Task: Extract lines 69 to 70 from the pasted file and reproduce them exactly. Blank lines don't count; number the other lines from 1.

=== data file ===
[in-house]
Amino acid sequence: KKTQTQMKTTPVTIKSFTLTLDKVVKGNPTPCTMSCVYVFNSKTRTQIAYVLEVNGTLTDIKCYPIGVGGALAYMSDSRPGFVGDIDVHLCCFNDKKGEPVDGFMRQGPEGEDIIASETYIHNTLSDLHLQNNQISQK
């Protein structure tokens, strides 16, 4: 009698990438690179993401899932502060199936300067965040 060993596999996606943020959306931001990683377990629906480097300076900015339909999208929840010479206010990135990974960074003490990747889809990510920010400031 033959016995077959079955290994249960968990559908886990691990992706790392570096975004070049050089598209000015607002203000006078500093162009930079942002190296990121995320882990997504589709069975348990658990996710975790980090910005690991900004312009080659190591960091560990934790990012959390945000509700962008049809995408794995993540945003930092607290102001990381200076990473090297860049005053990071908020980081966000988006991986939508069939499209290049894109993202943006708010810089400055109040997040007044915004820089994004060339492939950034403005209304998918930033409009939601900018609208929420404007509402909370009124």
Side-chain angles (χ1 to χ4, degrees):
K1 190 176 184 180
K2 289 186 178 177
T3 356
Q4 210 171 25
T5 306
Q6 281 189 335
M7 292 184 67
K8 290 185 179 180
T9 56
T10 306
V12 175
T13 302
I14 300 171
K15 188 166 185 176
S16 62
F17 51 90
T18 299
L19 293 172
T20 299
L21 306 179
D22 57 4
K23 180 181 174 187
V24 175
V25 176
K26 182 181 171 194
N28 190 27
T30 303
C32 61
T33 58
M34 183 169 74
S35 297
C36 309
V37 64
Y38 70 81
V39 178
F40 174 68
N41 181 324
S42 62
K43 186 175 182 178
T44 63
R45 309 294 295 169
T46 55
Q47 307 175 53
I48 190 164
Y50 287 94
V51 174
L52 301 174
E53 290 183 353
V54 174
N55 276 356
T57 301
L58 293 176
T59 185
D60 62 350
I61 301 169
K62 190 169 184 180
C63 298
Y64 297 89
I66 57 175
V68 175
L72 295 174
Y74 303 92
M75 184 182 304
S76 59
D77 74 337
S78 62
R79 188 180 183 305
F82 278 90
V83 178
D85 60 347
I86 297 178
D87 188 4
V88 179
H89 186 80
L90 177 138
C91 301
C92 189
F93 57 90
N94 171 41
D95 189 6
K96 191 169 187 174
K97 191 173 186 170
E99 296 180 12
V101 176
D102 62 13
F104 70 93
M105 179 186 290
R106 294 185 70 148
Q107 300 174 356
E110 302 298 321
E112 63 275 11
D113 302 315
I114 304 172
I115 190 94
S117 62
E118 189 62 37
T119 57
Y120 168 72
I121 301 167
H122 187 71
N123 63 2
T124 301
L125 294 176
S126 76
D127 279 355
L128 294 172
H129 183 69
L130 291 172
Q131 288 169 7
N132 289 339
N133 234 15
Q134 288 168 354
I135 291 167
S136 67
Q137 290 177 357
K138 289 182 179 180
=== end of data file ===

D77 74 337
S78 62